This document is intended to provide the latest stock assessment data and analyses to stimulate discussion prior to a decision on new management guidelines later this year. Copies of this document will be mailed out to interested parties and provided on the Washington Department of Fish and Wildlife internet web site (http://wdfw.wa.gov). The Washington and Oregon Departments of Fish and Wildlife will be hosting public meetings this summer to solicit management recommendations from the public for the year 2000 and beyond. The decision for the new management plan will be made after November when the respective state commissions will be briefed by staff on stock status and public feedback regarding management options. It is expected that separate meetings will be conducted this spring to discuss management options for the remainder of 1999. Please refer any questions to the authors.

Introduction

The lower Columbia River downstream from Bonneville Dam (abbreviated LCR in this report) white sturgeon population is the most productive in the species’ range (DeVore et al. 1995). This high productivity supports healthy sport and commercial fisheries that have averaged an annual harvest of over 42,000 white sturgeon in the last ten years. The sturgeon fishery ranks as the largest sport fishery in the Columbia Basin in terms of effort with a ten year annual average of over 175,000 angler trips. Factors most responsible for the favorable production potential of the population are access to marine areas, abundant food resources, and consistently favorable hydrologic conditions during the spawning timeframe which enhances recruitment (Parsley and Beckman 1994, DeVore et al. 1995, Counihan et al. In Press). This high productivity can only be sustained in the long term with careful, scientifically based management.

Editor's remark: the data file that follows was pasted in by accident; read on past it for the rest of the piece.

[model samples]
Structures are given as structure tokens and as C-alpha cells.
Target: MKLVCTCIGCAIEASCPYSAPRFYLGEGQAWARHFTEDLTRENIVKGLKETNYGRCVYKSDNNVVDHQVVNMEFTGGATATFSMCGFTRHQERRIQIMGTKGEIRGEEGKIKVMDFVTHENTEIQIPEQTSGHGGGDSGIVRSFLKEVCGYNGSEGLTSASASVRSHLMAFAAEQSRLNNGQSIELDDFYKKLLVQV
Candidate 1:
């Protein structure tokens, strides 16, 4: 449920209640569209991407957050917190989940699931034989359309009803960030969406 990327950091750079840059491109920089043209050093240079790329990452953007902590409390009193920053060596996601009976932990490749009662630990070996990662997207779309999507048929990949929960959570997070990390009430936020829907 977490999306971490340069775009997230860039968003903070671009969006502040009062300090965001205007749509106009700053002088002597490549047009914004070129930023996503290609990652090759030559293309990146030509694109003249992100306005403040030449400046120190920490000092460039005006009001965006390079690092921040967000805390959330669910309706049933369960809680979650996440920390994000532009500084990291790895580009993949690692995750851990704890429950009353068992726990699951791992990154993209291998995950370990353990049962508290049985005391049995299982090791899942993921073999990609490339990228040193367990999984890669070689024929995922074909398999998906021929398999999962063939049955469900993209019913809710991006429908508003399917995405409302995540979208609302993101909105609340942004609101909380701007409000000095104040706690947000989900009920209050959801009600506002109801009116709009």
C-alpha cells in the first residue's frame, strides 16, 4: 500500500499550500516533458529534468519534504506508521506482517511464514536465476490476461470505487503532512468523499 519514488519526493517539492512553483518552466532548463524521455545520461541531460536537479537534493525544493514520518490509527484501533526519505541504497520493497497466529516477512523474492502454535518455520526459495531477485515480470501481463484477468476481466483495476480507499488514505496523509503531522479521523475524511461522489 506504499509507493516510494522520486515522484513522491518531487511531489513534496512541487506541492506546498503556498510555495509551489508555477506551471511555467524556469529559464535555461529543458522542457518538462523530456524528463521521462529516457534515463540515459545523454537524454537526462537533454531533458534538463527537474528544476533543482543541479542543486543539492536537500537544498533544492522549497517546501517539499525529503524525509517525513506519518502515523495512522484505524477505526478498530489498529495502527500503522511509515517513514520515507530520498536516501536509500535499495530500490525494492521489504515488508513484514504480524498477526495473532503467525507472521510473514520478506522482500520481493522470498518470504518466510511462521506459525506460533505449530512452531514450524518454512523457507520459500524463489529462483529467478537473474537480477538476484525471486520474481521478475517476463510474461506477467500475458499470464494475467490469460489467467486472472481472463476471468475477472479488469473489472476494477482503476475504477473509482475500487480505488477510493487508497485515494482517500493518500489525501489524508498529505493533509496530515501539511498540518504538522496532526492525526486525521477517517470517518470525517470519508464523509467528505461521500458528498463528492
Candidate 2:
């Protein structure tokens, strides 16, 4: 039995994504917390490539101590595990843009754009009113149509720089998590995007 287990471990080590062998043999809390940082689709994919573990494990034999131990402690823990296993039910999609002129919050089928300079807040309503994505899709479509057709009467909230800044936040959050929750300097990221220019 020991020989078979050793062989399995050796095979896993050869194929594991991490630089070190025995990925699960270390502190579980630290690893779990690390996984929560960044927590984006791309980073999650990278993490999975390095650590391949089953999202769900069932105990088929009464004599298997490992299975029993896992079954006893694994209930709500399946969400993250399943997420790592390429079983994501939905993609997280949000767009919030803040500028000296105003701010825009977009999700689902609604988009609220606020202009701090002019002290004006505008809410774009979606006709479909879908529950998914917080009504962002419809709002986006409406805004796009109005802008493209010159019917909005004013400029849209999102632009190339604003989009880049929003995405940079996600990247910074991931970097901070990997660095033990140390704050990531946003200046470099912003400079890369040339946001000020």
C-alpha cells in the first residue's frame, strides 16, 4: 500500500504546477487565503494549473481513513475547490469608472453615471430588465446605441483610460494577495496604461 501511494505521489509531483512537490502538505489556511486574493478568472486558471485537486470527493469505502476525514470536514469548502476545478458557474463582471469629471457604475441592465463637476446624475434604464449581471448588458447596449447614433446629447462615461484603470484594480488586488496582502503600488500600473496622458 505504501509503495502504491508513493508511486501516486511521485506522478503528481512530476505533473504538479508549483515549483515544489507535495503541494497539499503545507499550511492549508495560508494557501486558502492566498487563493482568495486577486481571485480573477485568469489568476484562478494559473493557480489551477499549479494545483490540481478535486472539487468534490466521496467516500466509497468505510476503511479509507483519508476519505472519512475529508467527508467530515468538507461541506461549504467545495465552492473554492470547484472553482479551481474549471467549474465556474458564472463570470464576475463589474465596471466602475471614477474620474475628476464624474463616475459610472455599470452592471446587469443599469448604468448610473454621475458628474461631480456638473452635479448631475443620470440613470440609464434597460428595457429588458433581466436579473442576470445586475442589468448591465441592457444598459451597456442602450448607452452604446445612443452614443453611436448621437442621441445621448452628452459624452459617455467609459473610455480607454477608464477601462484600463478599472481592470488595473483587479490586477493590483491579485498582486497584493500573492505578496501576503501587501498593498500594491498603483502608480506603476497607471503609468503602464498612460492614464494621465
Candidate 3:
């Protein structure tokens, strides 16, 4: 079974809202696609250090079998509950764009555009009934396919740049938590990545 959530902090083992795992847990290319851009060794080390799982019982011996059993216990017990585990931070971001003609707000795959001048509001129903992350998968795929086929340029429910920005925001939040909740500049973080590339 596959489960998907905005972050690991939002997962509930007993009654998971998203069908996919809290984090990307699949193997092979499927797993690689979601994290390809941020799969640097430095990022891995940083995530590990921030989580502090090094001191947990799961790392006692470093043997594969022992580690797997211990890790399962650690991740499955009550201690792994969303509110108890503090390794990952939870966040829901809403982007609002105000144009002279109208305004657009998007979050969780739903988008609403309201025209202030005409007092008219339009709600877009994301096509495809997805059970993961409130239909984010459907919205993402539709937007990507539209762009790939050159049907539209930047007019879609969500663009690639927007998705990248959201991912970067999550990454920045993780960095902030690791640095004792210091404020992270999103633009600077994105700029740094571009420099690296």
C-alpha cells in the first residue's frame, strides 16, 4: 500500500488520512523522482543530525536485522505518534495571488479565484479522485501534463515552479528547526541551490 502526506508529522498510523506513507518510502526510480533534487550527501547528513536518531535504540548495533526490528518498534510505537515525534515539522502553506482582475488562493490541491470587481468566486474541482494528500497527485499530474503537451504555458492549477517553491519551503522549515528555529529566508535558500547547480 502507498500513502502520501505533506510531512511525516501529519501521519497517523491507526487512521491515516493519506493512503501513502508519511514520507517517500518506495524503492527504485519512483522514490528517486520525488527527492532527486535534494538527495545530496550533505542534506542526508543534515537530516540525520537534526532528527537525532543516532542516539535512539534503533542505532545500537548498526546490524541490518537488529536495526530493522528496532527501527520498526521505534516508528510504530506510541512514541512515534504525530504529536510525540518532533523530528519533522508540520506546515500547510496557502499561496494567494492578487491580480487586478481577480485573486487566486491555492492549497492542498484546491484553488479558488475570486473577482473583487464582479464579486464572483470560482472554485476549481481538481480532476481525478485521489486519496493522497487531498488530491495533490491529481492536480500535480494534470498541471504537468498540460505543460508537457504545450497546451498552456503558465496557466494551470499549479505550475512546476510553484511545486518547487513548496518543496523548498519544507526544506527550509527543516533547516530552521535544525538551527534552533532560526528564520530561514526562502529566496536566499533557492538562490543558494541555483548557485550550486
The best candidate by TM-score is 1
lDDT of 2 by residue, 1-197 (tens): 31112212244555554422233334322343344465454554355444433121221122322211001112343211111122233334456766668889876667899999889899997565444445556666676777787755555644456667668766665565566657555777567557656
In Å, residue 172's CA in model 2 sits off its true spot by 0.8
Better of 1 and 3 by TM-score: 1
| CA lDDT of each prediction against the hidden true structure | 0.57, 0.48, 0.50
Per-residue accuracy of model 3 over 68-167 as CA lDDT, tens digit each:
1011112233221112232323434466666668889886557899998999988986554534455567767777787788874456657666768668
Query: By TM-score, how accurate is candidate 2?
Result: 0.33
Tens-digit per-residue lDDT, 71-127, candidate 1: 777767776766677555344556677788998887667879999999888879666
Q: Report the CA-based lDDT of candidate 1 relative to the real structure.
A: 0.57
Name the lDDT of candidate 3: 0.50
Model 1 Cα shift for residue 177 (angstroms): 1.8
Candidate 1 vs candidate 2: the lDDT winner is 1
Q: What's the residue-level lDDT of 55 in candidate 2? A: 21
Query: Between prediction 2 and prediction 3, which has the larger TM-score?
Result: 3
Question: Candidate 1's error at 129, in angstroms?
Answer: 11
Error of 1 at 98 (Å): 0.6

The longevity, slow growth, and delayed maturation of sturgeon makes them susceptible to overexploitation (Rieman and Beamesderfer 1990, Rochard et al. 1990, Birstein 1993). Excessive harvest in the 19th century collapsed Columbia River sturgeon stocks. Intensive sturgeon fishing on the Columbia River began in 1889 and peaked in 1892 with about 2,500,000 kg of sturgeon landed. The stock was depleted by 1899 after a ten year period of unregulated exploitation (Craig and Hacker 1940). Season, gear, and minimum size restrictions failed to bring about an increase in sturgeon production as evidenced by poor yields during the first half of this century.

The sturgeon population rebounded after a maximum size regulation designed to protect sexually mature sturgeon was enacted in 1950. Annual harvests doubled by the 1970's and doubled again by the 1980's. Increased interest in the recreational sturgeon fishery was due to decreased salmon fishing opportunities, increased stock size, and greater appreciation of sturgeon as gourmet fare. In 1987 a recent year record 72,100 white sturgeon were harvested in the LCR. Research indicated that the harvest rate of 30% of the 3-6 foot population, estimated to have occurred during 1985-1987, was twice what the population could sustain in the long term.

A series of management actions ensued between 1988 and 1997 to reduce the annual harvest rate in LCR sturgeon fisheries to a long term, sustainable level. The legal size slot for LCR white sturgeon was eventually reduced to 42-60 inches for sport fisheries and 48-60 inches for commercial fisheries. The daily bag limit in the sport fishery was reduced to one fish and the annual possession limit to ten fish. Harvest guidelines were also placed on LCR sport and commercial fisheries.